And this week Information Warrior 17 gets underway…with the Royal Navy launching its first large scale cyber war games…testing out a pioneering Artificial Intelligence…able to speed up complex decision making.
And we’re not just interested in defensive but offensive cyber.
Those who threaten cyber attacks against us need to know the risk they’re running.
So our National Offensive Cyber Planning is integrating cyber into our military offensive.
The third principle is the need to become international-by-design.
NATO remains the bedrock of our defence…and in the wake of multiple threats… has never been more important.
So we’re not just meeting the Alliance target to spend 2 per cent of GDP on defence…but we are reassuring our allies in the face of Russian aggression…by leading the Very High Readiness Joint Taskforce…and continuing to support NATO’s Air Policing mission.
For three years our fighters safeguarded Baltic airspace.
Today I can announce the legendary 3 (Fighter) Squadron…who earned their wings in two world wars…will now be deployed to Romania from May… this time to protect Black Sea skies.
3rd Squadron has a glorious history. 100 years ago it was a fighter scout unit assisting our forces in the trenches.
In World War 2 it was at the forefront of our air defences destroying nearly V1 flying bombs. More recently it took tours of Sierra Leone and Iraq during the second gulf war and it was the first frontline Squadron to be equipped with Typhoons which will now be leading our efforts to confront aggression…with the UK the first nation to provide jets to support this particular mission.
All the while, we’re supporting NATO’s Enhanced Forward Presence and last week dispatched troops to Estonia.
So our new force in Estonia will not just be working closely with Allies to provide reassurance but assisting NATO efforts to counter the misinformation of a “post-truth” age.
Next month, a British Army team, including Royal Navy and Air Force personnel, will participate in Exercise Locked Shield organised by the NATO Cyber Defence Centre in Tallinn…it is designed to see how an international team of experts can defend a simulated network from attack.
Now, all these actions are proportionate and defensive.
As well as assisting the Alliance to up its game we’re also putting our high-tech skills at the disposal of the 68-nation Counter-Daesh coalition…so as well as striking terrorist targets and…cutting their finances…and stemming the flow of foreign fighters to Iraq and Syria…we’re also tackling them in cyber space.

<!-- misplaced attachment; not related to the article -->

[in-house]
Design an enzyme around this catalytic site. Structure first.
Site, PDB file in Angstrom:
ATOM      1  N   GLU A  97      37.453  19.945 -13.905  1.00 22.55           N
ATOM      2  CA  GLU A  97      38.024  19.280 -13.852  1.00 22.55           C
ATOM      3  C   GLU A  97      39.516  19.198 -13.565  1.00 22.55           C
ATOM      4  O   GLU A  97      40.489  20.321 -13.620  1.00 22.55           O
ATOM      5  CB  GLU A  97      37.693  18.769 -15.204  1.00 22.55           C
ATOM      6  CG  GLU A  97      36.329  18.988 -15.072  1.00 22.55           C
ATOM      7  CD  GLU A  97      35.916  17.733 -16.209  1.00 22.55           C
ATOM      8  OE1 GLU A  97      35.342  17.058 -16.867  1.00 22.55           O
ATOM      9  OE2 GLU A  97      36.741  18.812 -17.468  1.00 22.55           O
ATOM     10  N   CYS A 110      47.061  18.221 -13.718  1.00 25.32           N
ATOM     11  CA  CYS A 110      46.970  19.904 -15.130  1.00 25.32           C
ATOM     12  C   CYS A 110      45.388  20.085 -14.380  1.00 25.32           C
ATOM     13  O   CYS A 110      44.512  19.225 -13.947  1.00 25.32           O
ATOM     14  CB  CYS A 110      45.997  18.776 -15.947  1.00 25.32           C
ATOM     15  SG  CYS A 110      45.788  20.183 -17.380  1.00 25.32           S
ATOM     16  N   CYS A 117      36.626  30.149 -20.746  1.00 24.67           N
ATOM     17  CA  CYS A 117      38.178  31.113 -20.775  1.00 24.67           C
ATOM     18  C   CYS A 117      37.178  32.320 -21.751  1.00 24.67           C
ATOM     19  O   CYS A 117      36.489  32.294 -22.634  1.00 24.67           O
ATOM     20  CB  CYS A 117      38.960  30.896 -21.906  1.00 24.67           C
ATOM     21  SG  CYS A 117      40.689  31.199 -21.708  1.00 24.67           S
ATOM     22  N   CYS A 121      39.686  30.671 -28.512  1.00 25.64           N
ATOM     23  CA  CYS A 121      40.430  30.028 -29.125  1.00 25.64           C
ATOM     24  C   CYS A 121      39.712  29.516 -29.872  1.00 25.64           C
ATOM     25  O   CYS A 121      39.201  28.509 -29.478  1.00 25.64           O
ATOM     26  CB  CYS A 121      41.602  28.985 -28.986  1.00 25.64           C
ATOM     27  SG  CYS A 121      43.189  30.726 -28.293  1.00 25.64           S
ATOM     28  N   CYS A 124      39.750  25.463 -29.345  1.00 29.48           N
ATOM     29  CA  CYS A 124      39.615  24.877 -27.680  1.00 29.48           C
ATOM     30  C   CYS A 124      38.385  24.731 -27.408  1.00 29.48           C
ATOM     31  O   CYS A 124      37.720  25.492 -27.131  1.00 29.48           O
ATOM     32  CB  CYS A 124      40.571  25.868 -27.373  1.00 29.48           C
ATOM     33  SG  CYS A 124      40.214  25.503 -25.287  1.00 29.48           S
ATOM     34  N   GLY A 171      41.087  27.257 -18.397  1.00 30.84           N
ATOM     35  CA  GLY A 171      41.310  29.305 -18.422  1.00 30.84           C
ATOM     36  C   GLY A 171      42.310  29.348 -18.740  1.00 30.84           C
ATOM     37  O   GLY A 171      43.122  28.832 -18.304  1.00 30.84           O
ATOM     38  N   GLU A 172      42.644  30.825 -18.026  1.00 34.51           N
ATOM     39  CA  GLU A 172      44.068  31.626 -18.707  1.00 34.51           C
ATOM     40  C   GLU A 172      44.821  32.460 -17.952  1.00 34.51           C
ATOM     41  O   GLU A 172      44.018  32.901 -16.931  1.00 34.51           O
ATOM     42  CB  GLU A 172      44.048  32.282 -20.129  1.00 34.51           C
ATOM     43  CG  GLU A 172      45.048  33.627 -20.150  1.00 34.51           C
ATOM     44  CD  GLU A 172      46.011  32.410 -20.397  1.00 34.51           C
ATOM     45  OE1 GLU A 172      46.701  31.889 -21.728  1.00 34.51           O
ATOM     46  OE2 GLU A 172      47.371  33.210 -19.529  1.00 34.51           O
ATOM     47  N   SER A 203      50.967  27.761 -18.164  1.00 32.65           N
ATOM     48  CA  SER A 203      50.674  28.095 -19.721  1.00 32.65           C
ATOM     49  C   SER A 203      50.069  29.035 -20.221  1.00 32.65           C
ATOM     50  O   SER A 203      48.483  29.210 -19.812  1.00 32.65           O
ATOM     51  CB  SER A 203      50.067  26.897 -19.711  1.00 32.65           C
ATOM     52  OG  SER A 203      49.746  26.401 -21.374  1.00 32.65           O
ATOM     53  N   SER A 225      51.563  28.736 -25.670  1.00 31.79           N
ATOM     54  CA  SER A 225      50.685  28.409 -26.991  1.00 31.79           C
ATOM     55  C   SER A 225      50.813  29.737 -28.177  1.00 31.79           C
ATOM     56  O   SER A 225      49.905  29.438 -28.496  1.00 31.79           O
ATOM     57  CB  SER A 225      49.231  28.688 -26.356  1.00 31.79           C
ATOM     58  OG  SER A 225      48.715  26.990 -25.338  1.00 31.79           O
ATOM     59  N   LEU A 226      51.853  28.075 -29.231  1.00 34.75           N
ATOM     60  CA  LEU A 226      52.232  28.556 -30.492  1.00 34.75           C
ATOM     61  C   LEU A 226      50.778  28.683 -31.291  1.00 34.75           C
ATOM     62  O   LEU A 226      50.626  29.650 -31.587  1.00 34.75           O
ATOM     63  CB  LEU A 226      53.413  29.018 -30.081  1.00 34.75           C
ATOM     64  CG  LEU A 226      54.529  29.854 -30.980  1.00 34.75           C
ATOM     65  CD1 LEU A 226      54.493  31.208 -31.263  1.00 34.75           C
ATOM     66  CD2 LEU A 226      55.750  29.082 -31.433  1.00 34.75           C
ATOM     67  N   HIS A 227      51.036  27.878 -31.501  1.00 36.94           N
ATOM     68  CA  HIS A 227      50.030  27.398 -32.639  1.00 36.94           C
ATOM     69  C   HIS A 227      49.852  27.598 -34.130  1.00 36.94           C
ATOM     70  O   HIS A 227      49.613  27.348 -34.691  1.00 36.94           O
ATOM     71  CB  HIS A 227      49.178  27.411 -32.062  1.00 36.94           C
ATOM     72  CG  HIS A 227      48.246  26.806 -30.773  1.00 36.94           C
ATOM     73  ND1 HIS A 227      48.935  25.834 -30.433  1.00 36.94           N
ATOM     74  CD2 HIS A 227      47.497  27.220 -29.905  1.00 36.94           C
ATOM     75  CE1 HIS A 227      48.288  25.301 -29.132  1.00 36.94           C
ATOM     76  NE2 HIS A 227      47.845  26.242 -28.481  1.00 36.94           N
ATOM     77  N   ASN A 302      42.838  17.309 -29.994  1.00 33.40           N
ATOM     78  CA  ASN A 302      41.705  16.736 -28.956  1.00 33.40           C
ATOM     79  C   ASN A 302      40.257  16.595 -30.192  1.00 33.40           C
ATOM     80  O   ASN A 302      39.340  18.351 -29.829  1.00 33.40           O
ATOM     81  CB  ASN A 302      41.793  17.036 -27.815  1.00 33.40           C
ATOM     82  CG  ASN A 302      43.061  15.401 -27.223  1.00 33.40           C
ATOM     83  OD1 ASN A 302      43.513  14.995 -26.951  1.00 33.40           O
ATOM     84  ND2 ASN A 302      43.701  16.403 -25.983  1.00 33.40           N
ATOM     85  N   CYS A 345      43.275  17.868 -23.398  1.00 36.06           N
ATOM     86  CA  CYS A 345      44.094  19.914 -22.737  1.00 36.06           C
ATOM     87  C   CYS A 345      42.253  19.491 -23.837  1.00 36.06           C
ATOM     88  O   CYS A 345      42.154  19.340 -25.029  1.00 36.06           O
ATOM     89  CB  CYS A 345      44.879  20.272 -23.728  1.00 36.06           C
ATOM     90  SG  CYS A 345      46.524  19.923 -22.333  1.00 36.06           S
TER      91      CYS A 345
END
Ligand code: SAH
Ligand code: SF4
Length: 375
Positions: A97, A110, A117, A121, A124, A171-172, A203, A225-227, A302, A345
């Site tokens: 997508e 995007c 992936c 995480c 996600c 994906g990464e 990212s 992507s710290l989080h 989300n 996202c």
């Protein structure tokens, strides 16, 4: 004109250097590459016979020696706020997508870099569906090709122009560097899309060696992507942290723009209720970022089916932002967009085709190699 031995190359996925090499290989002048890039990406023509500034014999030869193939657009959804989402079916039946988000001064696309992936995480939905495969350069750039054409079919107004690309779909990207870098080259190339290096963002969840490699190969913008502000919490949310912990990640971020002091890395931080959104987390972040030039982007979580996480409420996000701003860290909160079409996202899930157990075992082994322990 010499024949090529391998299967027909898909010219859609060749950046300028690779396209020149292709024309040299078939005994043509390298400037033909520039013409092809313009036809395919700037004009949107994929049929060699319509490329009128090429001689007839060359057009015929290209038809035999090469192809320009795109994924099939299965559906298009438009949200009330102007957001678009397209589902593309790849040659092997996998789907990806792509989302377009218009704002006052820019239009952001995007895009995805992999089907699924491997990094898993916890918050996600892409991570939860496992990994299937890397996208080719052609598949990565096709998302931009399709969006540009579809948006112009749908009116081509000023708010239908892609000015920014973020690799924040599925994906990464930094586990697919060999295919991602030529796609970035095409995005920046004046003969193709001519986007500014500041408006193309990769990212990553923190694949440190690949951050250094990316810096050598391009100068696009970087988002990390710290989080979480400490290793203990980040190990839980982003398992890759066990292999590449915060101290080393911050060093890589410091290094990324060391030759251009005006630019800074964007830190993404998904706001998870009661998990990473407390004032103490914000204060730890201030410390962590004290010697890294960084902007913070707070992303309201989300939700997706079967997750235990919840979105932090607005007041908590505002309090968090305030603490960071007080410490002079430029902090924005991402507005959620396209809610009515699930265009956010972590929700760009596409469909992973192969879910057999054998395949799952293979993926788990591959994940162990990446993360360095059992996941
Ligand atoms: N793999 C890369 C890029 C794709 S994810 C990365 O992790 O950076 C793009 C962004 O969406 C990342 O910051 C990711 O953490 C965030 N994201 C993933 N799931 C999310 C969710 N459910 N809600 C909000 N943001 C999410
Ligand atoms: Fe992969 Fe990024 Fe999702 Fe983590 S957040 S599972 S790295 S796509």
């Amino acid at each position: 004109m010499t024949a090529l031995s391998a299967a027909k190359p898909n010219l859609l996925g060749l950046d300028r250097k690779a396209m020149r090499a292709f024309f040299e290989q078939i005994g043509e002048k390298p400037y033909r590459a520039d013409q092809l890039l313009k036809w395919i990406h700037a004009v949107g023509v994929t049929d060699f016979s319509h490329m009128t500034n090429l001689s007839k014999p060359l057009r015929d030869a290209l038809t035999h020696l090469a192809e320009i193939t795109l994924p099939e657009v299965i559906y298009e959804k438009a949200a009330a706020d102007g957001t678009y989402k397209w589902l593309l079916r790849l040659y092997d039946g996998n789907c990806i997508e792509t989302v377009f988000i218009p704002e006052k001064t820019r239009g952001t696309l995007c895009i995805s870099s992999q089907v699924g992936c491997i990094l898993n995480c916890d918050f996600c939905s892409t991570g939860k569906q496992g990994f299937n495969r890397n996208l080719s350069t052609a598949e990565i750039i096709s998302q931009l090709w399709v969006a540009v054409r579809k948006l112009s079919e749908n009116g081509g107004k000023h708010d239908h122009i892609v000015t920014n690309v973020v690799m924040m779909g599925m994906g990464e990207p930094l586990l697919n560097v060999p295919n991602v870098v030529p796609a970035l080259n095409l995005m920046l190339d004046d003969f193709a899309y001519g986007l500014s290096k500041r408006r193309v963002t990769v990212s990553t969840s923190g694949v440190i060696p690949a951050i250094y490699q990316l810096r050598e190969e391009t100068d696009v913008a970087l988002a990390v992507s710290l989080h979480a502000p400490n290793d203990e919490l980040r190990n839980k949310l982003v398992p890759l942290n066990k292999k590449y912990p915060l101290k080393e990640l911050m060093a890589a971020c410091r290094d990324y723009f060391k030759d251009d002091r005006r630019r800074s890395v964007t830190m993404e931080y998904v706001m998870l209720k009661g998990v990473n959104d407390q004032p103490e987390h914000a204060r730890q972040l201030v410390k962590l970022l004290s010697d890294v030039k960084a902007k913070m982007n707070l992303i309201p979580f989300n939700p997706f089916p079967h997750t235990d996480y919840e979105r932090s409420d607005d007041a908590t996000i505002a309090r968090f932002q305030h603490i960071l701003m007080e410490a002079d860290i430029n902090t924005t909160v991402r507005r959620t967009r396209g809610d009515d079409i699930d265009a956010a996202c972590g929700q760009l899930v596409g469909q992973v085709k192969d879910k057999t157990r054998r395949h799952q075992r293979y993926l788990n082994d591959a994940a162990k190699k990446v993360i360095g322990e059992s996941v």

Partnerships are about more than stopping threats.
They are also about preventing them.
Early intervention in a local crisis can stop it turning to regional chaos.
That’s why Britain is the only major country in the world meeting our NATO target and spending 0.7 per cent of GDP development.
And it’s why 71 years ago after the first meeting of the UN Security Council took place in this hall the UK is helping make the UN fit for the 21st century.
Last year I invited 80 nations to London to improve UN peacekeeping.
We agreed to strengthen the organisation’s planning…to improve performance of its peacekeepers…and honour individual pledges to provide more manpower and materiel.
And in the UK, we are practicing what we preach…sending troops to Somalia to support the fight against Al-Shabaab…and to South Sudan to build a hospital and assist ongoing humanitarian work.
All in addition to the work of our short-term training teams…who from Kuwait to Kenya are doing everything…from training local forces to protecting endangered species from poachers.
So we’re strengthening our partnerships with NATO, the counter-Daesh Coalition, and the UN.
What of the Commonwealth?
We’re working with many of you to front up to aggression.
We have numerous bi-lateral relationships…and our partnership with Commonwealth allies…as part of our Five Eyes Intelligence Alliance and our Five Powers Defence Arrangement
But for me the Commonwealth has an even bigger role.
Defence can banish despair in fragile nations. But the Commonwealth can do more than that.
It can bring hope.
I’ve had the great privilege to see some of the Commonwealth’s work up close.
I’ve seen you fighting poverty…to support good governance…to devise innovative solutions to challenge climate change.
I’ve see you fighting for people’s right to make a better life.
Putting into practice the values of the Commonwealth Charter of democracy, human rights and the rule of law.
And delivering on the commitment of all members to the development of free and democratic societies and the promotion of peace and prosperity to improve the lives of all peoples of the Commonwealth.
That ambitious vision depends on delivering the security and safety that our people deserve – and that depends on us all making and winning the argument that defence is vital in safeguarding our way of life.
So let me just say in conclusion, last week’s terrorist attack wasn’t the first time…we’ve seen an attack on what Winston Churchill once called “the citadel of liberty”.
76 years ago Nazi bombs destroyed the Chamber in the House of Commons.
Yet the enemy couldn’t touch the spirit of the British people…and while the great chamber of the Commons was rebuilt…we moved here, to this very hall.
As one of my Parliamentary colleagues said last week…nothing stops democracy.
So let’s keep working together…Let us keep passing our baton of peace across the world…because in the fight against aggression… our greatest weapon remains democracy…and as Karl Popper once said:
“Only freedom can make security secure”.